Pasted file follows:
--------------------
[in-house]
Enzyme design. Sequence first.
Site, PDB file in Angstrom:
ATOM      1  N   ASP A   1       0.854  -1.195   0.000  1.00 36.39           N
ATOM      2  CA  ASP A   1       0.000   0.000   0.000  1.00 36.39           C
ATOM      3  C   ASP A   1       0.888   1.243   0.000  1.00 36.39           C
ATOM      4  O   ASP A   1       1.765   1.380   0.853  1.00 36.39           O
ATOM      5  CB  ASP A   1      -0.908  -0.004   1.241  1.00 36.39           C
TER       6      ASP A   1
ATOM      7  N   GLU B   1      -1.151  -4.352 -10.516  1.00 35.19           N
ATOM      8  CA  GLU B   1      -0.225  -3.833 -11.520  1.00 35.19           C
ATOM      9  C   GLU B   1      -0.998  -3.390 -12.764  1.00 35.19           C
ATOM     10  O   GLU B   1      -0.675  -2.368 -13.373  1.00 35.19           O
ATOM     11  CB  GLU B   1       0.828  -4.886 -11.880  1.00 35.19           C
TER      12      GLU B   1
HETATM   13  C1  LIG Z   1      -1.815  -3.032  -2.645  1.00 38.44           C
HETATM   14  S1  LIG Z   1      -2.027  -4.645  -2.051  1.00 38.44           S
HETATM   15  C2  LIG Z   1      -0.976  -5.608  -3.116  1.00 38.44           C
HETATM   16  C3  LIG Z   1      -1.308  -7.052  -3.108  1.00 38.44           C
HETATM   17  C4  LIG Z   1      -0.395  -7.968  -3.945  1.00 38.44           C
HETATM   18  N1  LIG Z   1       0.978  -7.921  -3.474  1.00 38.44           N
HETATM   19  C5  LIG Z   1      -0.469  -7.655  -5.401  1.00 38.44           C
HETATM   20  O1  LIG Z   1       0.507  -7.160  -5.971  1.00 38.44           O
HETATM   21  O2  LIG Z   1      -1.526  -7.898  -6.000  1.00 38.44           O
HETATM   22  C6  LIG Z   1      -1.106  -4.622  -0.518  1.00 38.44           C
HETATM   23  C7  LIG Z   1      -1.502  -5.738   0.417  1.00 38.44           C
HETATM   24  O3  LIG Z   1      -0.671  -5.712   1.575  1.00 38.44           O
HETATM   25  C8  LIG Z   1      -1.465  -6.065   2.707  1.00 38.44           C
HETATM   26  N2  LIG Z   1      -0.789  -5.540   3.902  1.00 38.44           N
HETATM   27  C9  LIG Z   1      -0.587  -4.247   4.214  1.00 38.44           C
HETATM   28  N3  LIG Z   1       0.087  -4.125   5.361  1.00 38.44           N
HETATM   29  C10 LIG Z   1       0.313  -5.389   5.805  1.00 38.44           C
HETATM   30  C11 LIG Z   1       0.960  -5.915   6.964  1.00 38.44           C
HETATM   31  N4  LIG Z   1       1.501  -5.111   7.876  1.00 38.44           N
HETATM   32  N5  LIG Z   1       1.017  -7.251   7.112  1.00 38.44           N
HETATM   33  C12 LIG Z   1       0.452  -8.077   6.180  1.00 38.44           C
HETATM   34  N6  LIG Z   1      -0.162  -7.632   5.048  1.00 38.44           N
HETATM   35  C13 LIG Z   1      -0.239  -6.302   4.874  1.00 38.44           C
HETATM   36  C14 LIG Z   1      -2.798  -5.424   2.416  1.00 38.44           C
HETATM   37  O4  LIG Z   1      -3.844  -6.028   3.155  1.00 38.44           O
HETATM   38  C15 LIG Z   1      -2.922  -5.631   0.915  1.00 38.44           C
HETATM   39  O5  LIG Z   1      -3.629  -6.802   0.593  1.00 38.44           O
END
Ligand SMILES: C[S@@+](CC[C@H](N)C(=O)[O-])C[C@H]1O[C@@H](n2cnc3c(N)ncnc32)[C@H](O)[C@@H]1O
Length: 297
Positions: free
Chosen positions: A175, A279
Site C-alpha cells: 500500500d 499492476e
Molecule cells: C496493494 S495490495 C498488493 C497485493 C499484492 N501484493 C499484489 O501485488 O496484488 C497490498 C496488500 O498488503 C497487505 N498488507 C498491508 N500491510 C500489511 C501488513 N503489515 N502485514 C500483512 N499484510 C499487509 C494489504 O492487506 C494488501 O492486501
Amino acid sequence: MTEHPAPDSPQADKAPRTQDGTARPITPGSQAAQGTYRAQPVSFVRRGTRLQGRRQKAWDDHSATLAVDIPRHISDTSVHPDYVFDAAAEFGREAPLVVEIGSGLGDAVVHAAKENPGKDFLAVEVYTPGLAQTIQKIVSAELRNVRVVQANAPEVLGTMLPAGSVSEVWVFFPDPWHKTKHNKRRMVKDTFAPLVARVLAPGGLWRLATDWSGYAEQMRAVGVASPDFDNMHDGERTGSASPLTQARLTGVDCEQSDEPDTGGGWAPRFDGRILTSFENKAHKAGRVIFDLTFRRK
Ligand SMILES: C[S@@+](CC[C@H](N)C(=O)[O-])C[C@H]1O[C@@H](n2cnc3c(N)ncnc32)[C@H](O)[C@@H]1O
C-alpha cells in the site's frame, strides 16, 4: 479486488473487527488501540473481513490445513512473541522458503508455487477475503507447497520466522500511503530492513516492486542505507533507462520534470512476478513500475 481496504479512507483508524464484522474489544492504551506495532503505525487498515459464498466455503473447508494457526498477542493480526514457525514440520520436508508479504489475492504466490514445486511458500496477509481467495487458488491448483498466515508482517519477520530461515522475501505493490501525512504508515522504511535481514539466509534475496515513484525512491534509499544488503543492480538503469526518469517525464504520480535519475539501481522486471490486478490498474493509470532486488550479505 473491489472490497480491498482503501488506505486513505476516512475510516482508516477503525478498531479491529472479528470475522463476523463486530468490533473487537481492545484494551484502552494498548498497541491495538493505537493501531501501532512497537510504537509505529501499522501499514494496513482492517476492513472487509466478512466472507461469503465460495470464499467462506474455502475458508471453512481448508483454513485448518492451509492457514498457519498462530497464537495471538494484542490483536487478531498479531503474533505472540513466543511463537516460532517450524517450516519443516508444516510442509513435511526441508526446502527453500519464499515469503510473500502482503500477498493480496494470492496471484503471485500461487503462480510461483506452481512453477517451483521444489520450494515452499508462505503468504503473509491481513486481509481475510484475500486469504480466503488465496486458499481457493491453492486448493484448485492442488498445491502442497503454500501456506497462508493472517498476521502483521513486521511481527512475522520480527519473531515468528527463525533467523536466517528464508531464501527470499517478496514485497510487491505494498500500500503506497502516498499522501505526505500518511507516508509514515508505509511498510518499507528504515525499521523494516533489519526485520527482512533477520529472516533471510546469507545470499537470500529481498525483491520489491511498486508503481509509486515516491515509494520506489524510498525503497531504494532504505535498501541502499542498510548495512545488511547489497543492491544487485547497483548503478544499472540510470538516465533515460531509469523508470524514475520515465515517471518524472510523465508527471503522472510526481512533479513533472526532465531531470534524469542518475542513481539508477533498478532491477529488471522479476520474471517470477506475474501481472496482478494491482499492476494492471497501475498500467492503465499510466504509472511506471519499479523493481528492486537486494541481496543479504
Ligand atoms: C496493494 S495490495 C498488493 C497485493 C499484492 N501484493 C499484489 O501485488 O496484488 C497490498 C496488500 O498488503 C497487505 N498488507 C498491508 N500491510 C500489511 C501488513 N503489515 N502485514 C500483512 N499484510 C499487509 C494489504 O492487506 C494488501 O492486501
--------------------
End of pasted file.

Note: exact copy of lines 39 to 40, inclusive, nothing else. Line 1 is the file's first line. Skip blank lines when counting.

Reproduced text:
HETATM   36  C14 LIG Z   1      -2.798  -5.424   2.416  1.00 38.44           C
HETATM   37  O4  LIG Z   1      -3.844  -6.028   3.155  1.00 38.44           O